During the First World War her parents had escaped the genocide of Armenians by the Ottoman government in what is present day Turkey, and were among the 50,000 Armenians who fled their homeland.

"My mother brought my grandmother on her back, all the way -- via Afghanistan, Kabul, Khyber Pass into Dacca in 1915."

"Unlike the English, Armenians don't put our mothers in old age homes, we take our mothers with us," says Mrs Smith who was born in Dacca in 1921 and has never been to Armenia. Neither have any members of her family. Almost a century later, her great grandson is determined to make that trip next year.

Please ...

'Armenians used to own a lot of hotels here'

Image: The 215-year-old Fairlawn Hotel on Sudder Street, Kolkata, has been owned by Mrs Violet Smith's family since 1936.
Photographs: Archana Masih/ Archana Masih

Many Armenians had escaped to Dacca, which was one of the important trading cities in Bengal. Violet Smith's father found a job in a jute factory but when the jute trade dried up between India and Scotland, he came to Calcutta, then the other great centre of trade.

It was his wife Rosie Sarkies, with an extremely shrewd business sense, who brought financial stability to the family. She saved every paisa she could in hidden empty kerosene cans and went on to buy the Astoria Hotel in Calcutta.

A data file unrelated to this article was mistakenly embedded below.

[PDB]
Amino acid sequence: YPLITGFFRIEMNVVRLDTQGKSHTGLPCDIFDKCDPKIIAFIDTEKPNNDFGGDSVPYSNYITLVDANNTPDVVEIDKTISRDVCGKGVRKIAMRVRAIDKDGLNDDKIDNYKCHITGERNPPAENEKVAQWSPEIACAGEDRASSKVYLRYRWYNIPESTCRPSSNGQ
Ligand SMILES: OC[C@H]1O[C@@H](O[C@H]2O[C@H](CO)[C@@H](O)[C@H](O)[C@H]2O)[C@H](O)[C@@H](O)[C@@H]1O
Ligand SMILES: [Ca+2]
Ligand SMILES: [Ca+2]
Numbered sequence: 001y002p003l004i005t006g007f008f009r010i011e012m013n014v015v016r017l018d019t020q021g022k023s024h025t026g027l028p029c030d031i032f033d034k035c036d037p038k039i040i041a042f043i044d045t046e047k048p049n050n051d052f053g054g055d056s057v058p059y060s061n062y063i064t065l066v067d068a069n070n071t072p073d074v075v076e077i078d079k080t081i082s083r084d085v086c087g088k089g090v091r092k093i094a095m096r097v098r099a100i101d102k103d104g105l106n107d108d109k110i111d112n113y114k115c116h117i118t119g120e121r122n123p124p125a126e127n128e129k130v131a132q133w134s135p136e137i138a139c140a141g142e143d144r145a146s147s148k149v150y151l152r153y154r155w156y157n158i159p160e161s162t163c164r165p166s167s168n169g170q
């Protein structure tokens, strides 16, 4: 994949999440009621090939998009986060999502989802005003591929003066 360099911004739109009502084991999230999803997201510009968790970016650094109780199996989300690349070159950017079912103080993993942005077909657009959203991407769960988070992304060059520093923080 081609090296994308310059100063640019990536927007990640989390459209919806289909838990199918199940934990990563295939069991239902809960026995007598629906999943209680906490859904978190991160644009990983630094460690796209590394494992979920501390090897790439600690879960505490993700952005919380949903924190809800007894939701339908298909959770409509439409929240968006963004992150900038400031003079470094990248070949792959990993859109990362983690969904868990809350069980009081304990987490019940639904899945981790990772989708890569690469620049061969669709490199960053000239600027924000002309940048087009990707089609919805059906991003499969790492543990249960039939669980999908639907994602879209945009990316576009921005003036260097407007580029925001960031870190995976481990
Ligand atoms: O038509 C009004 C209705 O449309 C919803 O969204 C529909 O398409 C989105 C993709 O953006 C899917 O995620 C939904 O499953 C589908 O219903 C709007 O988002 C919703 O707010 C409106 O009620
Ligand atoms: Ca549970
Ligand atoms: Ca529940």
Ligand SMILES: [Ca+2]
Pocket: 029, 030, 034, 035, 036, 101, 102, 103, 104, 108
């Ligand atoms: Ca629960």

Most of the hotel's patrons were Armenian traders whom she charged Rs 150 per month. Then two years later, in 1936, sold the Astoria for Rs 6,000 to another Armenian and bought the Fairlawn hotel from two British spinsters who wanted to retire and return to England.

The hotel would become their home and workplace for the rest of their lives.

"The Armenians owned a lot of hotels then here... Grand Hotel, Queens Mansion, Stevens Mansion, Russell Hotel, New Kenilworth, Continental Hotel... sab Armenian logon ka tha," says Mrs Smith, whose mother eventually went on to own five hotels in Calcutta and one in London.

"My mother was an amazing woman. She left this hotel to me in her will," says Mrs Smith, who lives in the room where her mummy once lived. It has a large balcony with flowered cushioned cane chairs and potted plants.

Please ...

'I couldn't live in England because England is not my home'

Image: The guest common room at the Hotel Fairlawn.
Archana Masih

It was here on a rainy night during the Second World War that a young Violet Smith met her husband, a major in the British Army whose regiment was fighting in Burma.

The officer had arrived looking for a room with his batman. Not satisfied with getting a room for himself, he insisted that his 'batty' too was provided comfortable lodging. Accommodation was found for the young lad in the Salvation Army nearby.

Violet and John Smith had a military wedding in Calcutta and moved to Taunton in Somerset but Mrs Smith did not like it there. She missed India too much and longed to return. So after a short stay of six months, the couple was back in India for good.